There are lots of ways to approach marketing copy. A quick Google search for “tips for writing good marketing copy” serves up 185 MILLION results, proving that lots of people feel they have the secret for copywriting success. As a copywriter, I too have my own personal arsenal of tips and tricks for writing copy that converts; my heaviest hitter is the SBDO/A method, first introduced to me in the book Get to the Point! by Ron Blicq and Lisa Moretto.
What exactly is this mysterious acronym and how does it help with copywriting? Let me break it down.
S – Subject
The subject can be very simply described by finishing the sentence “I want to tell you that…” Once the sentence is finished, take off those six invisible words, and you have the essence of your message.
I want to tell you that you should visit Fulkerson winery because of their established history.”
I want to tell you that Vega plastic surgery will help restore your natural beauty through various cosmetic procedures.”
By boiling an entire website down to one simple statement, it’s easy to identify the main message your copy should be centered around. Once you know what exactly you’re focused on, you have the framework for your home page positioning statement and other high-level headings.
B – Background
Okay, so you’ve got the main point of whatever you’re writing – now what? Next comes the Background, aka high-level information that talks about who was involved, where and why something happened, and, sometimes, when this thing happened.
For marketing copy, the who is almost always the “implied you”, or the person who is reading the copy. The where is sometimes overlooked (this is often especially true for eCommerce sites that aren’t tied to any one physical location), as is the when. The when is typically only relevant for limited time offers, sales, events, or conferences – anything that is truly time-sensitive.
However, you can skip answering any of these questions and still be set up for success; it’s the why of the matter is crucial for marketing copy.
Why should someone visit your store? Or buy your product over a competitor’s version? Why should someone partner with you? Or subscribe to your monthly newsletter? The answers to these questions are your Background points.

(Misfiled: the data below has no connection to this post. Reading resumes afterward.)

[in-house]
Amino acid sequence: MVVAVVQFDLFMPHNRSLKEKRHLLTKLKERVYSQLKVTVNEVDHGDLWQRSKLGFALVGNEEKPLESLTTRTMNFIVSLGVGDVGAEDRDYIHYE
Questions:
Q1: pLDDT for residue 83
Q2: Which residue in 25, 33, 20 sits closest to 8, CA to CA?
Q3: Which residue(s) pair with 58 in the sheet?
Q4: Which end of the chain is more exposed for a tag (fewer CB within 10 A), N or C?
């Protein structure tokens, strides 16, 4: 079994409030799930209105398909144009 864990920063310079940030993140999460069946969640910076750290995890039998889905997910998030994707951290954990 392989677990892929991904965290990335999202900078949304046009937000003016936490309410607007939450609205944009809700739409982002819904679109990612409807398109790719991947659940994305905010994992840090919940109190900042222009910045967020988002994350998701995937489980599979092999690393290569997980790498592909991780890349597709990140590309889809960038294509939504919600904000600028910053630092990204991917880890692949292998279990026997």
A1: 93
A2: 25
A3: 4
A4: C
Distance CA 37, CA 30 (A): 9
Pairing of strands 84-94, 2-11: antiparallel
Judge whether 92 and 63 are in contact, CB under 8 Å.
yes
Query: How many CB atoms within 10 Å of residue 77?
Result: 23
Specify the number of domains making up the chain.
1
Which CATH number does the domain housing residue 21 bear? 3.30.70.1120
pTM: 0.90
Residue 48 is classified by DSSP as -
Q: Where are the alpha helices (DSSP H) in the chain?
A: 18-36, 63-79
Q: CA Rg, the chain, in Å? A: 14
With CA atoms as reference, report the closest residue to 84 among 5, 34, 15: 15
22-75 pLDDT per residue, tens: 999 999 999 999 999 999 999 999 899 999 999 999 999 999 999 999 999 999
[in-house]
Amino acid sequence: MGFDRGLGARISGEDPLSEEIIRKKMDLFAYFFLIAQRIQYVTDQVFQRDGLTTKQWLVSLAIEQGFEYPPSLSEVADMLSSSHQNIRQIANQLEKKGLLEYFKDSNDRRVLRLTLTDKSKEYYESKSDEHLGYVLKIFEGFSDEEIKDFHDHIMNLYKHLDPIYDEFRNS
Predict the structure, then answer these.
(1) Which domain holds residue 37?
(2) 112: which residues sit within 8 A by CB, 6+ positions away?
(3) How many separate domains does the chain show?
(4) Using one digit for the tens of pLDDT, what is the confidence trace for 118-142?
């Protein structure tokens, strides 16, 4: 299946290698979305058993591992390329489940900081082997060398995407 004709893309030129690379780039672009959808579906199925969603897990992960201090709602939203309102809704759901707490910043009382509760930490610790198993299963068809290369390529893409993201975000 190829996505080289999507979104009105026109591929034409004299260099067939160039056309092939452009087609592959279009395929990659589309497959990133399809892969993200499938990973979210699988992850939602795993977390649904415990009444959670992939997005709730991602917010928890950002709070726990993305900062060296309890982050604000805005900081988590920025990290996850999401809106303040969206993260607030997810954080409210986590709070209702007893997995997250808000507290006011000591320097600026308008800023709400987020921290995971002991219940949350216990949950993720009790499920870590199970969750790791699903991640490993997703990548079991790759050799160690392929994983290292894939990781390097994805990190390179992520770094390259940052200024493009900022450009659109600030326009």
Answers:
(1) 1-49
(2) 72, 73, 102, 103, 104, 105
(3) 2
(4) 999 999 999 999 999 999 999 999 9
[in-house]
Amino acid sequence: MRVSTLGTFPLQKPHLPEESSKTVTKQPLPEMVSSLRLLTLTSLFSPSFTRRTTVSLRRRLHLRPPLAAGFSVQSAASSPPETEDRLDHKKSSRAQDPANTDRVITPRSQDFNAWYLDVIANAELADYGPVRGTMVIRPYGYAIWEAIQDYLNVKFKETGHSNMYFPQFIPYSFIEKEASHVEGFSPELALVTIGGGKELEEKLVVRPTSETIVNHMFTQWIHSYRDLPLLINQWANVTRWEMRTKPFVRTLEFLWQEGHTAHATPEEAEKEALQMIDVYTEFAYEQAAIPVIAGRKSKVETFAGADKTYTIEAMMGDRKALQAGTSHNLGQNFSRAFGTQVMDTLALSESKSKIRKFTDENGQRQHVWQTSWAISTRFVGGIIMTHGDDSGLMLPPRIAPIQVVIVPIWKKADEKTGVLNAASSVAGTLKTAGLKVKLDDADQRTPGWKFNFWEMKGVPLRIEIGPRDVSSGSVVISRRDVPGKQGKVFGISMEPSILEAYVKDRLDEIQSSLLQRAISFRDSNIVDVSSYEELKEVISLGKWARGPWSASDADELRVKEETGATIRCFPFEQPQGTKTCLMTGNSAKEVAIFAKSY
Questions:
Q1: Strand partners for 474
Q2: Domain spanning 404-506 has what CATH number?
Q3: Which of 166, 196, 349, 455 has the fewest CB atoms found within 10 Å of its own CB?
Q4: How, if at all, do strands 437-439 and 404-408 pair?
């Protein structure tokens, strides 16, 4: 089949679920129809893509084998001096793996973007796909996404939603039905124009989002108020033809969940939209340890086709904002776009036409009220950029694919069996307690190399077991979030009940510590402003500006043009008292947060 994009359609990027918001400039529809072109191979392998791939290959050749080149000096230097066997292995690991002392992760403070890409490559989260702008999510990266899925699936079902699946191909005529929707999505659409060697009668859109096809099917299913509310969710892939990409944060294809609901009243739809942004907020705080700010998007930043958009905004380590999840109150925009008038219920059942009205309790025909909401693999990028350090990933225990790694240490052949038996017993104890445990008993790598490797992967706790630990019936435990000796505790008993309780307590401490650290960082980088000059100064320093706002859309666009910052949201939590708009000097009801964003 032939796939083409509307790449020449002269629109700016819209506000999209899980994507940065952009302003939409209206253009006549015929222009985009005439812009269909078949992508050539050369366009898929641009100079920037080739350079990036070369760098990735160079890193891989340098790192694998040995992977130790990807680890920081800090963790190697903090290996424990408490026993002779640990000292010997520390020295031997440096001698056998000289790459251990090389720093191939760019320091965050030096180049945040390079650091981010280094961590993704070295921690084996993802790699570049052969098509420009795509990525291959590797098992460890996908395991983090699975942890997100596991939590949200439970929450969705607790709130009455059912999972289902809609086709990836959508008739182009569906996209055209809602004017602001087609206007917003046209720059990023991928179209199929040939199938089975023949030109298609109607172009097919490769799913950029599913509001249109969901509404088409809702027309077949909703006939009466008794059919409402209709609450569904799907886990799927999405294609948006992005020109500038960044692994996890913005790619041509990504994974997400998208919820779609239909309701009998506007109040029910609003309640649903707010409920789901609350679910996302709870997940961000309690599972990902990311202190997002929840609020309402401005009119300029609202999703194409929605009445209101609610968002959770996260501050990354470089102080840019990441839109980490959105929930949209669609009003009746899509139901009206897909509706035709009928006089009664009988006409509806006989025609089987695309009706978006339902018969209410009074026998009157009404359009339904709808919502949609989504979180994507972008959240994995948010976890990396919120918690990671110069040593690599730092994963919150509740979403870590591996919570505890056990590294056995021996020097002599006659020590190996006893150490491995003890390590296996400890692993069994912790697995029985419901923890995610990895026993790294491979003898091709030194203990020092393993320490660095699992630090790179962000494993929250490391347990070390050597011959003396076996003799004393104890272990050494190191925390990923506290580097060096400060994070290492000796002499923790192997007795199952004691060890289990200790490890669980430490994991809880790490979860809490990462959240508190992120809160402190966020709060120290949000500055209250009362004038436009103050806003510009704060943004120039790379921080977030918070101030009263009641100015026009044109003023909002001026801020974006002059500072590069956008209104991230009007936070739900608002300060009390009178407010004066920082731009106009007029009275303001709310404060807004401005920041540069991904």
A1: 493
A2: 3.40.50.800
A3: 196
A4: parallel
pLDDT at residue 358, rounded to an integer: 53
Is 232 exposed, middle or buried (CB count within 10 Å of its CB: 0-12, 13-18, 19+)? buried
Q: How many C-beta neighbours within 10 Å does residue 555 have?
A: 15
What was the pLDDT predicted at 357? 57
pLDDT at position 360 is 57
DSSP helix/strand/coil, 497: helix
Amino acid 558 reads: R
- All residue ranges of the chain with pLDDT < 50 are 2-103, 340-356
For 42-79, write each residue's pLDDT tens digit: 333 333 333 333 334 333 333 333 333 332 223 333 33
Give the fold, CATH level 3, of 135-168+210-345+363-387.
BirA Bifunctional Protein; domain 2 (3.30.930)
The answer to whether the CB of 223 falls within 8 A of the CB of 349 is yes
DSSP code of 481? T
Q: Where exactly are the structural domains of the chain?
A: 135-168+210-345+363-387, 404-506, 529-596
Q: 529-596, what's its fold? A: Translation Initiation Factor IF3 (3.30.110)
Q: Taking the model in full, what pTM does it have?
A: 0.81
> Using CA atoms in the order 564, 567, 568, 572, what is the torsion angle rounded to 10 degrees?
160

Once you’ve figured out the meat of your message in the Subject stage, thinking about Background details (or the why’s) helps naturally transition your copy into benefit statements and buying rationale. You’re able to think about what the website visitor/potential buyer needs to know in order to get the big picture of the offerings.
“Fulkerson’s established history has helped them perfect their craft over generations.”
“Vega is the right choice for you because they help in all areas of the body. Whether you want to reshape your natural curves or enhance your facial features, Vega can help.”
D – Details
Similar to Background, this stage focuses on supporting your Subject with, you guessed it, valuable details. Everything in this stage is designed to help the reader come to a conclusion or make a decision about the product or service. Details work best when they support specific Background elements, often driving home not just the benefit of the product or service, but the direct ways the product or service will impact the buyers’ lives.
Often, you will end up with multiple sections of Background followed by Details. After all, Background is a benefit and Details are the facts to support it. It’s no secret that your product or service should offer multiple benefits, thus the repetition of these two stages.
“Fulkerson has perfected not only wine making, but also pressing their own grape juices.”
“Vega reshapes curves by offering tummy tucks, breast lifts, or liposuction and helps enhance facial features through rhinoplasty, browlift, and facelift procedures.”
O/A – Outcome/Action
In Get to the Point!, the authors say this method of writing ends with either an Outcome OR an Action, but when it comes to copywriting, I say it ends in both. The Outcome is basically the end state you want all of your website visitors to be in after making their way through your website or article. The Action is your call to action (I know, crazy).
The perfect example of that can be found at the bottom of all pages on CEIPAL’s website. You see the large text, “Why wouldn’t you want to save money and get a superior platform?” alongside the CTA of, “Get a free trial.”
The Outcome is basically a wrap-up of all the Background and Detail points previously shared. In this case, it’s asking the question of “why wouldn’t you want all these great things we just explained to you?” The desired Outcome is “I do want them”, which is why they’ve chosen to make it a hypothetical question. This Outcome then transitions naturally into the CTA, aka the direct action the site visitor is to take – signing up for a free trial.
By partnering the Outcome with the desired Action, you get to conclude your website with how you hope your reader is now feeling before asking them direction to do the thing.
“Try a wine that’s been perfected over time. Buy Your Bottle >”
“Don’t settle for less than the best for your body. Schedule a Consultation >”
Before you sit down to write your next article, website, or email, think through the SBDO/A method and figure out what exactly it is you’re trying to say. Writing in this pattern makes it easy to identify where the piece is going before you even begin and helps to tie information together in a way that makes natural sense to the reader. By using this method, you can rest assured that you aren’t hiding valuable information too far down in your text and you keep topics focused on one central subject.